Tuesday, July 8, 2008
One of the most provocative opinions ever written regarding tax exemption, I think, is United Cancer Council v. Commissioner. Posner -- a Supreme Court wannabe, except that he can't be pigeon-holed as conservative or liberal (i.e., he is unpredictable), waxed eloquently on the application of law and economics to the particularly non-capitalist world of nonprofit organizations. Who'da thunk that a judge could convince us, the way Hannsman did, that nonprofit organizations ("nonprofit"!) could be explained by reference to the ways of the capitalist market. Anyway, Posner's opinion was instrumental not only in convincing the IRS to delineate a more limited definition of "insiders" or "disqualified persons," but also the "first bite rule" under 53.4958-4(a)(3).
Anyway, the L.A. Times recently reported on the extent to which profit-seeking professional fundraisers benefit from the operation of charities in California:
The fundraising business is growing. More than 300 fundraisers have registered in California. Since 2000, the number of campaigns and amounts raised by for-profit firms has risen by about two-thirds. Among the charities that netted little from such campaigns were the Humane Society of the United States, the American Breast Cancer Foundation, the Christian social-action group Concerned Women for America, the National Right to Life Committee and Students Against Destructive Decisions. Among The Times' findings:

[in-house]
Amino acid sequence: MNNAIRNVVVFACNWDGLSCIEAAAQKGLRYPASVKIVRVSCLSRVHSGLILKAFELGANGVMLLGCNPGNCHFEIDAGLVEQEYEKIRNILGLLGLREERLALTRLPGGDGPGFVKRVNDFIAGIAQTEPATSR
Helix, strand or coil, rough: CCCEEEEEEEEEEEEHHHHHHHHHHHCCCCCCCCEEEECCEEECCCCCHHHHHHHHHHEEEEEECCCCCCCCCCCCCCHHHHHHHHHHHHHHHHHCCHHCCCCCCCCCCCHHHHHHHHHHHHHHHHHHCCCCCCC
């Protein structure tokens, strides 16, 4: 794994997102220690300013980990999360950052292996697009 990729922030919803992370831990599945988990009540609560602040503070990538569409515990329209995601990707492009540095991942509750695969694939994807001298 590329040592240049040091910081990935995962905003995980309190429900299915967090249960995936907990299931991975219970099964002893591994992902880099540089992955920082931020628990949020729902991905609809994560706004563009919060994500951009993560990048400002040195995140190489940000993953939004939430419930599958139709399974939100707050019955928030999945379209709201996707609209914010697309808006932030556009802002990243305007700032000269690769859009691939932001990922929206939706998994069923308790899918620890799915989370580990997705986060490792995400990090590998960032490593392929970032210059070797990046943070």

* More than 100 charities raised $1 million or more from commercial appeals but netted less than 25 cents per dollar. Fundraisers got the rest.
* In 430 campaigns, charities got nothing: All $44 million donated went to fundraisers. In 337 of those cases, charities actually lost money, paying fees to fundraisers that exceeded the amount raised.
* In hundreds of other campaigns, charities apparently entered into contracts that limited their share of donations to 20% or less, no matter how successful the campaign.
* Groups with strong emotional or patriotic appeal -- those supporting animals, children, veterans and public safety workers, for instance -- often fared worst. Missing-children charities received less than 15% of more than $28 million raised on their behalf.
Posner's opinion in UCC v. Commissioner (law and economics sophistry, I call it) nixed the application of the private inurement/excess benefit transaction to independent contractor/fundraisers, requiring instead that the IRS rely on the amorphous and difficult to define private benefit doctrine to police nonprofits that exist primarily to benefit commercial fundraisers. If for no other reason than to protect donor trust, the law needs to better police the relationship between professional fundraisers and the nonprofits on whose behalf those PFR's incessantly call our houses. The charitable community should join in this effort.
Hat tip to Nonprofit Board Crisis Blog.